Maggie M. Ritnour, LMHC, LCAT, ATR-BC, RYT
Maggie is licensed mental health counselor, licensed creative arts therapist and yoga instructor. She began studying art in high school, and then received her BFA from the School of Visual Arts in New York. She obtained her masters of psychology from Antioch University Seattle in 2009. She has experience using art as therapy in work with children, adolescents and adults in hospital settings since 2000.
Maggie is a humanistic therapist who approaches her clients using a multi-cultural framework and trauma-informed lens. She is an advocate for people with mental illness and would like to help eradicate the stigma and discrimination associated with their struggles through education and validation. She feels strongly that art be used as a method to aid in the process of self-awareness, to serve as practice for effective communication and to promote confidence.
Maggie is also a certified Irish dance teacher; she loves to teach and dance as much as possible. She incorporates her knowledge of body movement with her therapeutic understanding of people. Maggie is passionate about using art and mindful body awareness in her work and life.
For more information, contact Maggie:
Client feedback about art therapy with Maggie:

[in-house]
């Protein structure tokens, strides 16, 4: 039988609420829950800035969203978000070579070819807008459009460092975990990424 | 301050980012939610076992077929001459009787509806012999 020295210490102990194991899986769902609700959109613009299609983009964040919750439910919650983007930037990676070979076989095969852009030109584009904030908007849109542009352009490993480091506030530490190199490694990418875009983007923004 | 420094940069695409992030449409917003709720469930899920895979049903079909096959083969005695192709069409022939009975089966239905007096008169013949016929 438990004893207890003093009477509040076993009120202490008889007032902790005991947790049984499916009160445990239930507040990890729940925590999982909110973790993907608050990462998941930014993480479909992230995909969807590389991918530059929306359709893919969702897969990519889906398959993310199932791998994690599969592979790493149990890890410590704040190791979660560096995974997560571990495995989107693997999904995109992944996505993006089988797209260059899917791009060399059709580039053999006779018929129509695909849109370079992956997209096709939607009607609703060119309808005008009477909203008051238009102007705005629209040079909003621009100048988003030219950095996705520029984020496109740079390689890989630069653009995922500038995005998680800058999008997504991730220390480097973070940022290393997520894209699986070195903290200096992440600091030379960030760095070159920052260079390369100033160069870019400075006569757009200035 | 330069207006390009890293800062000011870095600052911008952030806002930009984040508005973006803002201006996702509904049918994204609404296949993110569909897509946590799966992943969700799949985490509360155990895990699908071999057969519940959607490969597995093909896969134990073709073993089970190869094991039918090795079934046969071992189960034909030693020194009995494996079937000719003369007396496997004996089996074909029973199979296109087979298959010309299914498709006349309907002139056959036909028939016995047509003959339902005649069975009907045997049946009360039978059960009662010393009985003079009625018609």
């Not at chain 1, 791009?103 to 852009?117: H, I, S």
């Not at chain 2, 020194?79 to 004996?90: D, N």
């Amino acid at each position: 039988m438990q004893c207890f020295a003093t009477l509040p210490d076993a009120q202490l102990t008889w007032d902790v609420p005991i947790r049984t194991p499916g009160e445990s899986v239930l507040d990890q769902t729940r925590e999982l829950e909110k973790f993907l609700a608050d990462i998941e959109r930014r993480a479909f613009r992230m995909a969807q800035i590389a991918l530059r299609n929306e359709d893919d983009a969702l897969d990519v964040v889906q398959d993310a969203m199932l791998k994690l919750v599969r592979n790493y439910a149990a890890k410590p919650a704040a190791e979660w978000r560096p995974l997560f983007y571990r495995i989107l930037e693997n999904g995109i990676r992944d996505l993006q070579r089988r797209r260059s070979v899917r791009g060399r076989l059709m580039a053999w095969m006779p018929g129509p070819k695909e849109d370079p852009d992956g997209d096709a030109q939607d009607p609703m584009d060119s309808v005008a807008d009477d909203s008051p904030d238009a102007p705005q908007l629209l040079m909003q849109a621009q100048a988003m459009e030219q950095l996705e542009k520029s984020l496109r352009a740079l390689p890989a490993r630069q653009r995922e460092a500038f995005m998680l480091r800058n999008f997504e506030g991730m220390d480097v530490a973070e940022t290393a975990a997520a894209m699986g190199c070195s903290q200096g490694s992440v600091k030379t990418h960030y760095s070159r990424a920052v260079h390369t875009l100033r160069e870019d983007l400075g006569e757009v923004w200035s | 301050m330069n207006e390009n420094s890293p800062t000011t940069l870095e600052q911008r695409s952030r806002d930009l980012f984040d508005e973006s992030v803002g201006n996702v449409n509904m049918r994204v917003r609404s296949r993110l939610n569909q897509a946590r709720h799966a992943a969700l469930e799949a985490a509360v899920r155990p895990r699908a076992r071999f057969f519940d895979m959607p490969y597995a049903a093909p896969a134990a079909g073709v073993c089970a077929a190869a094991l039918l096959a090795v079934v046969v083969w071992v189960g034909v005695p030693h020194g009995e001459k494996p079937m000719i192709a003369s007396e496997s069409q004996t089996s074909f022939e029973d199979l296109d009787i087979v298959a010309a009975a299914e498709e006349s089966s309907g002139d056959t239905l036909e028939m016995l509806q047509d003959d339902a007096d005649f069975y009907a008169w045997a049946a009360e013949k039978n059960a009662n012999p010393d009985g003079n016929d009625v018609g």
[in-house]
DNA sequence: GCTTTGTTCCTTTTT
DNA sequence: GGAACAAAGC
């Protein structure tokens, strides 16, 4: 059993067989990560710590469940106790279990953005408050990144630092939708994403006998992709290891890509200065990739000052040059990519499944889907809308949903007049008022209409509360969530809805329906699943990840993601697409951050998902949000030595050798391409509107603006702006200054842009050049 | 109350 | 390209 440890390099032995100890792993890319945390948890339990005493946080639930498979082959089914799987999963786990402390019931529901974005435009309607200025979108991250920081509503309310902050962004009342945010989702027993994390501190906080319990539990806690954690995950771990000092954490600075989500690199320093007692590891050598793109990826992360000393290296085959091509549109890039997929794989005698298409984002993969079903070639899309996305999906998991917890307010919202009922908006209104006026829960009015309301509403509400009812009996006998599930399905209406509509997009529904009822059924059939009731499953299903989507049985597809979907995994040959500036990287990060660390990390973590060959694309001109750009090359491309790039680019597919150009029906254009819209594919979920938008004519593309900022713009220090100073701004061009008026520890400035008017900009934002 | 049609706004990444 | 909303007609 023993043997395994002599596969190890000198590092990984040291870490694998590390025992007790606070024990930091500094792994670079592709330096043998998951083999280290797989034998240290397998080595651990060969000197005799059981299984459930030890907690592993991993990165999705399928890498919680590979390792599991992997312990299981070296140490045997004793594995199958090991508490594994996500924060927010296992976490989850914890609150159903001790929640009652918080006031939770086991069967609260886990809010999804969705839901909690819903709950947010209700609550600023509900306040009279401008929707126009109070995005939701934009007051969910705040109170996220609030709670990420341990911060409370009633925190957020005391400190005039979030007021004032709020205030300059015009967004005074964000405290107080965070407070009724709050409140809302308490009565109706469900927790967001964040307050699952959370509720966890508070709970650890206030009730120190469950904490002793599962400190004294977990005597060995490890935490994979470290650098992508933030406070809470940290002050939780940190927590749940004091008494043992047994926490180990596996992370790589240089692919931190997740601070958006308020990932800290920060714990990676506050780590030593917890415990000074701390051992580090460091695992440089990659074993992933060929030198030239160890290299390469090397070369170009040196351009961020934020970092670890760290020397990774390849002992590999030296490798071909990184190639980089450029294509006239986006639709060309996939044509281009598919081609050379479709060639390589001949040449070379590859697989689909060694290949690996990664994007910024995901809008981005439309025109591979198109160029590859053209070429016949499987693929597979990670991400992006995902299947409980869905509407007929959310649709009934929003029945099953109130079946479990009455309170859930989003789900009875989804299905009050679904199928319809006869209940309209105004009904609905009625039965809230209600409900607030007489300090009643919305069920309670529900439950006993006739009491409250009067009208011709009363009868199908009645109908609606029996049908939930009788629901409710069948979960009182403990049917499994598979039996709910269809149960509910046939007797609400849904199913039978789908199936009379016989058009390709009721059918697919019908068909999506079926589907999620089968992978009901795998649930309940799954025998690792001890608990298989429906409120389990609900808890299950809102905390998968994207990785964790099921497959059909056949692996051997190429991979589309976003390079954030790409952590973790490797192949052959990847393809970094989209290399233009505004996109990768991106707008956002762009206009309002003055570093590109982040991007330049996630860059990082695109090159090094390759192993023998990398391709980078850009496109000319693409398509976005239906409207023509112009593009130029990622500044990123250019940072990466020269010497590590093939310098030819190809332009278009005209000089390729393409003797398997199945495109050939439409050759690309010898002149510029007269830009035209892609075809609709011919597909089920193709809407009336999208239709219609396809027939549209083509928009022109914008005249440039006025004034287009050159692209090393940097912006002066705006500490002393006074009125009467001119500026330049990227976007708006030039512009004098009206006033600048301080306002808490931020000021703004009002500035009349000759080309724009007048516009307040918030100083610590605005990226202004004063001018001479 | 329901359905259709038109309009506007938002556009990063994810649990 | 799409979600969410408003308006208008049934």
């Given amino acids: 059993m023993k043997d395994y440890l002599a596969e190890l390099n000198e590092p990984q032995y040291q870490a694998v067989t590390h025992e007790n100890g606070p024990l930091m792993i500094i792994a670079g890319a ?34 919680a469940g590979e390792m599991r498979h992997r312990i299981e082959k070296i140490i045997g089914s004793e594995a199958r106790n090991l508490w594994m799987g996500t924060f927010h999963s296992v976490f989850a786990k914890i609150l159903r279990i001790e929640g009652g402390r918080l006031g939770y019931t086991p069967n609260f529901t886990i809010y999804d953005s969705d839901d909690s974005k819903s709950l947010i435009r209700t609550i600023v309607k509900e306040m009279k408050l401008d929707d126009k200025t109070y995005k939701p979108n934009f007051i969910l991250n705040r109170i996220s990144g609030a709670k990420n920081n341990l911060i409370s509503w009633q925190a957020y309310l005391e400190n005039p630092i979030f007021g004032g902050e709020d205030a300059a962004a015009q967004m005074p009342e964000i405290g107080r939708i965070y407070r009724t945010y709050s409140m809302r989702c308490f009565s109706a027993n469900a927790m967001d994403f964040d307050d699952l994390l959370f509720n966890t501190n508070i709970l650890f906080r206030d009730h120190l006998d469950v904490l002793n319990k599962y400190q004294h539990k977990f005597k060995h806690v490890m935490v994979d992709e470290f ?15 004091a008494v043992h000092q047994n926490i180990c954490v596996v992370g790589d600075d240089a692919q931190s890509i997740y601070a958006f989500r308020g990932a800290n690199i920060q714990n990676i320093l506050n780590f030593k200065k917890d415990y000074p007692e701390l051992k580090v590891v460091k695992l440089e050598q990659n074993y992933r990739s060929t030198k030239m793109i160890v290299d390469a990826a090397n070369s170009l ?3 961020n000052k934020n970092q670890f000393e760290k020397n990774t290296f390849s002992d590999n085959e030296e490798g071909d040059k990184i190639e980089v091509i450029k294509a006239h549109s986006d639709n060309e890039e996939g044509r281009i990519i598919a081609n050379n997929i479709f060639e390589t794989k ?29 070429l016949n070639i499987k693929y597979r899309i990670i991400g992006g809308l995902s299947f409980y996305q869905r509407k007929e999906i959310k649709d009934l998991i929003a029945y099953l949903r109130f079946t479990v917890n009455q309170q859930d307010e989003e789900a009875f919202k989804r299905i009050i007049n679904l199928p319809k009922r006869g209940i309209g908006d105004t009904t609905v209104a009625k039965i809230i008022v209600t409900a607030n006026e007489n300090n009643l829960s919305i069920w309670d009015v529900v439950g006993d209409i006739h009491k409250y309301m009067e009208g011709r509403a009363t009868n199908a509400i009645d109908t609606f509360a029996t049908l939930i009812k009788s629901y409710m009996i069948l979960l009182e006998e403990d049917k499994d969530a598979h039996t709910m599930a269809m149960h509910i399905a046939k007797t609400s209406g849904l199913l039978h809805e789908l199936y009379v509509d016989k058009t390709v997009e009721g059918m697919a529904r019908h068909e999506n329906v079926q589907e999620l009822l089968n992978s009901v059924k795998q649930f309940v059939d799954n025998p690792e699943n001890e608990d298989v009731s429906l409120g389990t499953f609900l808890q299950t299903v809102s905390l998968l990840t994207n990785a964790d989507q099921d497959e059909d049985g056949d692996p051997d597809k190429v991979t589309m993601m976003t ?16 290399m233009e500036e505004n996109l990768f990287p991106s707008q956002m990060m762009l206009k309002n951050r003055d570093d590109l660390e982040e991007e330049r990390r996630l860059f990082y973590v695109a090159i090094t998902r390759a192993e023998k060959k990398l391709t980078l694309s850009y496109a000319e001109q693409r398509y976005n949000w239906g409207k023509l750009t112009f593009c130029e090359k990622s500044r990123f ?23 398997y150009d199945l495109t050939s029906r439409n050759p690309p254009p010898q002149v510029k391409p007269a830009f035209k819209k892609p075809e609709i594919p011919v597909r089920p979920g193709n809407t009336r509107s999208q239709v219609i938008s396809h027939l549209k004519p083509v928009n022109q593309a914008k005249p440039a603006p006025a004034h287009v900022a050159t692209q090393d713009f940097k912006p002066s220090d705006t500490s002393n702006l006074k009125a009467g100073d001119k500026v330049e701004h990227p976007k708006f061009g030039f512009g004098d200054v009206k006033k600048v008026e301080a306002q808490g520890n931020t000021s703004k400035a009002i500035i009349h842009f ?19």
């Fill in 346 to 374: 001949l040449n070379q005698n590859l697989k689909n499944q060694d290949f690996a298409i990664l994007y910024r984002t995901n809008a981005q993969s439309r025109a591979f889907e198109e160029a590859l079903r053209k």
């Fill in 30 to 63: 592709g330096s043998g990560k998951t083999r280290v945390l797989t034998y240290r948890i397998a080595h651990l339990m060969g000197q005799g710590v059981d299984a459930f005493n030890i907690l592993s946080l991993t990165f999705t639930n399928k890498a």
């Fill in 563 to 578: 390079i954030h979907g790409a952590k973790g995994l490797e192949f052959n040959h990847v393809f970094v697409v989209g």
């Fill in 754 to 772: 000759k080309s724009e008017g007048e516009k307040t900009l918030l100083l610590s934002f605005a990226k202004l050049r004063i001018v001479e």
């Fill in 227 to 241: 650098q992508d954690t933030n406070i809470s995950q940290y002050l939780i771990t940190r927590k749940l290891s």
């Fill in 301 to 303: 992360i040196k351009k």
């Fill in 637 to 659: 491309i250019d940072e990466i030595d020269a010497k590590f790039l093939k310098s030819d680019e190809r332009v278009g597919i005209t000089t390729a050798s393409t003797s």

“You inspired me to take risks in art, to express myself freely through art. I found that art therapy becomes a place for me to express the pain inside that words cannot capture; and to have the courage to hope and connect with the resilience inside of me. Most importantly, I felt encouraged to have a voice and speak it too, however shaky it might be.”
“I have heard that art is about the process not the product before art therapy, but it was not until I began art therapy with you that I truly learned that art can save a person. It has helped me re-associate during some of the most terrifying moments in treatment.”
“Thank you for being a safe space for every piece of me.”
“My body confidence role model.”
“Your humor, passion, zest, warmth, and open heart have inspired me in my recovery.”
Read An examination of differences between adult and adolescent controls using the Diagnostic Drawing Series, an article co-authored by Maggie and published in The Arts in Psychotherapy journal in February, 2015.